(A) Top: schematic of the p97 architecture, side and top views of the cryo-EM structure of ADP-bound p97 (PDB: 5FTK). Bottom: domain organization of p97, color-coded as above. (B) Well-characterized cellular process requiring p97 activity. (I) Post-mitotic membrane fusion via the p97/p47 pathway. (II) Endoplasmic reticulum-associated degradation. (III) Removal of KU70/80 from chromatin. (IV) NF-κB activation via the canonical pathway. Proteins are color-coded according to their function. p97 and the proteasome are in green, ubiquitinated p97 substrates are blue, cognate E3 ubiquitin ligases decorating p97 substrates are red, phosphorylation signaling proteins are in pink, ubiquitin is in yellow and other proteins are in brown.

Figure 1.
Cellular processes governed by p97.

(A) Top: schematic of the p97 architecture, side and top views of the cryo-EM structure of ADP-bound p97 (PDB: 5FTK). Bottom: domain organization of p97, color-coded as above. (B) Well-characterized cellular process requiring p97 activity. (I) Post-mitotic membrane fusion via the p97/p47 pathway. (II) Endoplasmic reticulum-associated degradation. (III) Removal of KU70/80 from chromatin. (IV) NF-κB activation via the canonical pathway. Proteins are color-coded according to their function. p97 and the proteasome are in green, ubiquitinated p97 substrates are blue, cognate E3 ubiquitin ligases decorating p97 substrates are red, phosphorylation signaling proteins are in pink, ubiquitin is in yellow and other proteins are in brown.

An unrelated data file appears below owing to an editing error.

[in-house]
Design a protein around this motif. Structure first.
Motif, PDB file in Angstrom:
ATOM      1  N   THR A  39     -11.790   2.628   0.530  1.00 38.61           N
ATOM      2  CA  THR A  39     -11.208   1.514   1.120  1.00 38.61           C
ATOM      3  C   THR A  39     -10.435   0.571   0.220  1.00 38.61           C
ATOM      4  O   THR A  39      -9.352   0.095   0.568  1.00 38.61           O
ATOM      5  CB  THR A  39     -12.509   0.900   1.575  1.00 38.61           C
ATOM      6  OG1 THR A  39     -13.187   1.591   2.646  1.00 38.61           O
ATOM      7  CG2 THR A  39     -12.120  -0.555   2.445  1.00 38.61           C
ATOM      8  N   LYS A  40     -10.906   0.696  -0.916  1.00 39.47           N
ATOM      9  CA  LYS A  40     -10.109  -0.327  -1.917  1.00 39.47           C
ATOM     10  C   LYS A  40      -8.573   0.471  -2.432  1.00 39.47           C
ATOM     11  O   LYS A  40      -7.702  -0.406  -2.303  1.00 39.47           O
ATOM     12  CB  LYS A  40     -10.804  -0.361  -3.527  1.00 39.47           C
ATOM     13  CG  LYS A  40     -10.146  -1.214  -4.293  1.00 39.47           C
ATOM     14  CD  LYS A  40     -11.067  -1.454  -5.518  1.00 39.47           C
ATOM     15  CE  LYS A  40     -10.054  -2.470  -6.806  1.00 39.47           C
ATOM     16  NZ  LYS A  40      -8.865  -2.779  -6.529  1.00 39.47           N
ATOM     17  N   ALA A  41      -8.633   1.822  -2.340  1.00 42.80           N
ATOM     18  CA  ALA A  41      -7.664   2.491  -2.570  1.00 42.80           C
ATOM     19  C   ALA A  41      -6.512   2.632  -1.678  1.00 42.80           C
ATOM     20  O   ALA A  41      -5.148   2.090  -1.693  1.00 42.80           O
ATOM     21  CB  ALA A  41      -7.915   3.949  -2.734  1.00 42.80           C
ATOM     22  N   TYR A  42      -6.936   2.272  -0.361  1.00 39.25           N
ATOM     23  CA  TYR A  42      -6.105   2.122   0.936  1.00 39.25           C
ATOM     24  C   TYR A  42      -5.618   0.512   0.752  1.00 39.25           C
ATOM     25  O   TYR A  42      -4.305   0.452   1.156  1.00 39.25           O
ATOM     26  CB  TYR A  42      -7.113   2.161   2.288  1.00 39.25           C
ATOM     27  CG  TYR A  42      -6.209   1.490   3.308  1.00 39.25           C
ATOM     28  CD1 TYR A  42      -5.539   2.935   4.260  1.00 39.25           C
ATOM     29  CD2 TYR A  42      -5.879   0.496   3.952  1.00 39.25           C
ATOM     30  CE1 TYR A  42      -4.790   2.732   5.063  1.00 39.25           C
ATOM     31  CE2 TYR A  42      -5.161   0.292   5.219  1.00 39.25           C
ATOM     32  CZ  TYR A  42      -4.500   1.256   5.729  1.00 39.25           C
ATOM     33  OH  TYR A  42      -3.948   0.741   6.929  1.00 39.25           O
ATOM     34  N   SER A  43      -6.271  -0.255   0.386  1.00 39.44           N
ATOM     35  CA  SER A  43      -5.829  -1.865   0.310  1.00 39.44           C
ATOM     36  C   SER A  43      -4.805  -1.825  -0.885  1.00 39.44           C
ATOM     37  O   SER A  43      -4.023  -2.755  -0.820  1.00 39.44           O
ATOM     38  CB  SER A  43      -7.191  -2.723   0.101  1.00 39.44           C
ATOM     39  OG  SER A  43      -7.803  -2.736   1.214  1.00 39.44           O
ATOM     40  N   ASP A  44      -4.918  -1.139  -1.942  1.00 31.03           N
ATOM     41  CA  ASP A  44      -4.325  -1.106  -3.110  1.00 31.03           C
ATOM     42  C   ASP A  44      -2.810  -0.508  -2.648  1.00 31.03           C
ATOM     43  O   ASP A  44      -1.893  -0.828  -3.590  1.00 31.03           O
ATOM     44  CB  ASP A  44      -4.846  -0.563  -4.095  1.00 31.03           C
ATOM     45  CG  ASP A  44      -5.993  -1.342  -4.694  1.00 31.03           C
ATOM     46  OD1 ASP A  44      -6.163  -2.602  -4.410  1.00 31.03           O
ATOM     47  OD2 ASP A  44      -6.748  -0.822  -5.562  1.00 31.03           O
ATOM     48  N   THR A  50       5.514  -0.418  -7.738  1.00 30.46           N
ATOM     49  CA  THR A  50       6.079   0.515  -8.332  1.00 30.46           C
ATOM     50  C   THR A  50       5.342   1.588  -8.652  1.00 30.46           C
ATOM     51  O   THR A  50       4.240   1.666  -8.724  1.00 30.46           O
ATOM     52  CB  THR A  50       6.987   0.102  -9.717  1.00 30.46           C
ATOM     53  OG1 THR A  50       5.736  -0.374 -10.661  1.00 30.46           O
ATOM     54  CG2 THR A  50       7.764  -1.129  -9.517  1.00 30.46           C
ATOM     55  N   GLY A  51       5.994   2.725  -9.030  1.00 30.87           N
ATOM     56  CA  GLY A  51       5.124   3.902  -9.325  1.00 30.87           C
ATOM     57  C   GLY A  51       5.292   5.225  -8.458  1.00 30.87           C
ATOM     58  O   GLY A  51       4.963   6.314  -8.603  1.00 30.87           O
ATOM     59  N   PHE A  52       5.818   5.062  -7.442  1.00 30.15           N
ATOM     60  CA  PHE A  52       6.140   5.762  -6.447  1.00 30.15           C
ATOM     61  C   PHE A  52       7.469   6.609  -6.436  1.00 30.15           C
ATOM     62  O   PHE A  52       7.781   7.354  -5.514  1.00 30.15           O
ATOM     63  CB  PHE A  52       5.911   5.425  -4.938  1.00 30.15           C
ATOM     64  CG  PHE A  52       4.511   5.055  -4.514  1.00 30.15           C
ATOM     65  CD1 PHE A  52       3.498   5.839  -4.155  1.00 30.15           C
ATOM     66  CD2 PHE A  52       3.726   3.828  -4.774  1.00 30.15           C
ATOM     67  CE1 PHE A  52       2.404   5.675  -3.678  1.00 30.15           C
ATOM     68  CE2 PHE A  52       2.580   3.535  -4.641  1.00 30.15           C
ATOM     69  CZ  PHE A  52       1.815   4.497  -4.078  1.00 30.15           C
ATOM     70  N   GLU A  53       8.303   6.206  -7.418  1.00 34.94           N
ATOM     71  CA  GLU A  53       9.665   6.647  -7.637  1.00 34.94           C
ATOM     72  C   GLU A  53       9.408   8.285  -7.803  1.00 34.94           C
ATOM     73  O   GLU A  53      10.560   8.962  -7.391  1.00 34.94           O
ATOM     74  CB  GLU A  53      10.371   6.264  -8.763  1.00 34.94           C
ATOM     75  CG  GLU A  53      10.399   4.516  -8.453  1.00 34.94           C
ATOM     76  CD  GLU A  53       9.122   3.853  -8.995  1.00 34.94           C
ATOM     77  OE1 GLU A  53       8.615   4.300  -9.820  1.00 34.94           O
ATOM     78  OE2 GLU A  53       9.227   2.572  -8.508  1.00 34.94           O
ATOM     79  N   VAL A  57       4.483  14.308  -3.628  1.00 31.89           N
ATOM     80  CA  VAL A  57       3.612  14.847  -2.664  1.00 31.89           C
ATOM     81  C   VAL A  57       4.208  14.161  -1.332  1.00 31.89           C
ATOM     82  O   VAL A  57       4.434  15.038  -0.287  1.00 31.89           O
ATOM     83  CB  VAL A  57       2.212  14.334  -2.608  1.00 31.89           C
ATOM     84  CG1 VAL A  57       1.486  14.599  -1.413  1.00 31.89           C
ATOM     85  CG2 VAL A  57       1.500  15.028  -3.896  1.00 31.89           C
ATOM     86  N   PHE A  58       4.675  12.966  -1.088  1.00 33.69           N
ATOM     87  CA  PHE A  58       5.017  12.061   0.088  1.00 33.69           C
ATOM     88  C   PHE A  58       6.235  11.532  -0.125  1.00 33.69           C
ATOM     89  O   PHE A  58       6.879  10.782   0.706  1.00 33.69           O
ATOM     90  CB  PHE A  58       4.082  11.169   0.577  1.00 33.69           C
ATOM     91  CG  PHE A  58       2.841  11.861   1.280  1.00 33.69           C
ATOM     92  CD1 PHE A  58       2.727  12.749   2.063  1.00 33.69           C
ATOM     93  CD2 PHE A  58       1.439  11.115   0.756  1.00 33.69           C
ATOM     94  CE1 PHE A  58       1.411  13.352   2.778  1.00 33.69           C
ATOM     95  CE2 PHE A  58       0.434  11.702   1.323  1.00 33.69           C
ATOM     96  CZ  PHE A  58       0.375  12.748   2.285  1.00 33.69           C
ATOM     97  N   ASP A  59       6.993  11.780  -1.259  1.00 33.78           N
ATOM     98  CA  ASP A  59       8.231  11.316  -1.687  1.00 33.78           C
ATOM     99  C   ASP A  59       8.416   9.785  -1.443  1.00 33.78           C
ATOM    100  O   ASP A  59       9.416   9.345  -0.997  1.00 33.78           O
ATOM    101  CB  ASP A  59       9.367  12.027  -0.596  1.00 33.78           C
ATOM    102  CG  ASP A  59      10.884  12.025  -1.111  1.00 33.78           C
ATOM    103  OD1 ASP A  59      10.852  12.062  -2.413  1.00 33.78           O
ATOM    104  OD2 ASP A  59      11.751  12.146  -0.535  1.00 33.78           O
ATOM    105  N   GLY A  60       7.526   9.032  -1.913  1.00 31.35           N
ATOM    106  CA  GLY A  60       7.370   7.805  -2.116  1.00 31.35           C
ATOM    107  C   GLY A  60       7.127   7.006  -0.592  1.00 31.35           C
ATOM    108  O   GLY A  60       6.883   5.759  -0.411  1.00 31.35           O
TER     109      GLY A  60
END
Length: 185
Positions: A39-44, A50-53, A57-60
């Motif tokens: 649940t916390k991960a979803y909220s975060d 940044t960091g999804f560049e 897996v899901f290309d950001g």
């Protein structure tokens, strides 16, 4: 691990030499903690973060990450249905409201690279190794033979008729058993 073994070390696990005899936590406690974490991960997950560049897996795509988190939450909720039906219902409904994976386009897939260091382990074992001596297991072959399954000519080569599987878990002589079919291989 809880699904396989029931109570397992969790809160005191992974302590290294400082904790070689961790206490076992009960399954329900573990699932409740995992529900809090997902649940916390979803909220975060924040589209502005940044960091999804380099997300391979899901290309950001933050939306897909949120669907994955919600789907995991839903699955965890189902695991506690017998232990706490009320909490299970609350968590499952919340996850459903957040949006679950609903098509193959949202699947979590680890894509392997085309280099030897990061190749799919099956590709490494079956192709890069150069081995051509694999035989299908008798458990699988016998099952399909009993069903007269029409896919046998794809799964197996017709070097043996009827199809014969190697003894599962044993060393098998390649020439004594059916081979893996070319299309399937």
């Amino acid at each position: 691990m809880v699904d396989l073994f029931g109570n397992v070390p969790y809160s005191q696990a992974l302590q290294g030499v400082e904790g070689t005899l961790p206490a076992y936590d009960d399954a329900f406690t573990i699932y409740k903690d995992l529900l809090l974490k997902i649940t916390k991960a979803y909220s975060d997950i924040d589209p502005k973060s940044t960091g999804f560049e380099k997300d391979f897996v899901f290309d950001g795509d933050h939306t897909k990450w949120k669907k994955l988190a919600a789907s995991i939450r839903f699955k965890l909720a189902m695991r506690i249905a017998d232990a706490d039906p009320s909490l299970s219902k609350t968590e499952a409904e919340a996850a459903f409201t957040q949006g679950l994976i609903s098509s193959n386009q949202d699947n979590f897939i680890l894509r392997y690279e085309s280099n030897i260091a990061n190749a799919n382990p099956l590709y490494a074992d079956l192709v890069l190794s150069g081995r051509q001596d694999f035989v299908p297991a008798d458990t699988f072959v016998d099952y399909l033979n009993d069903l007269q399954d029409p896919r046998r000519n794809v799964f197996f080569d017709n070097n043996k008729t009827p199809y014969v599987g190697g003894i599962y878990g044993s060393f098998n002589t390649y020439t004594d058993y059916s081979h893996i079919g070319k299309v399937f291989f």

The cellular processes in which p97 is implicated include protein degradation via the ubiquitin proteasome system (UPS), DNA repair, DNA replication, cell cycle regulation, NF-κB (nuclear factor kappa-light-chain-enhancer of activated B cells) activation, endoplasmic reticulum-associated degradation (ERAD), mitochondria-associated degradation, Golgi formation and autophagy, reviewed in ref. [7]. In all of these processes, ubiquitination of p97 substrates is a common theme. The enzyme converts the energy of ATP hydrolysis into mechanical energy to extract ubiquitinated proteins from lipid membranes or macromolecular complexes. While p97 itself has a weak affinity for ubiquitin, it interacts with its targets primarily via cofactors. It is the variety of these cofactors that allow a single machine such as an ATPase to play a role in the diverse processes mentioned above, reviewed in ref. [8,9]. The large proportion of p97 cofactors identified so far are part of the ubiquitin system, either ubiquitin ligases or DUBs (deubiquitinases) or ubiquitin-binding proteins that function as adapters [7]. Mutations in p97 have been associated with familial amyotrophic lateral sclerosis and inclusion body myopathy associated with Paget's disease of bone and frontotemporal dementia (IBMPFD), a multisystem disease that is associated with abnormally active p97 on a molecular level leading to neurodegenerative defects and muscular weakness at the physiological level [10,11]. This review will provide an overview of the cellular processes p97 is involved in, what role its cofactors play in such processes, the molecular mechanism and regulation of the enzyme, as well as efforts to target p97 in cancer chemotherapy. Where possible, connections will be made between these different aspects to provide a more integrated picture.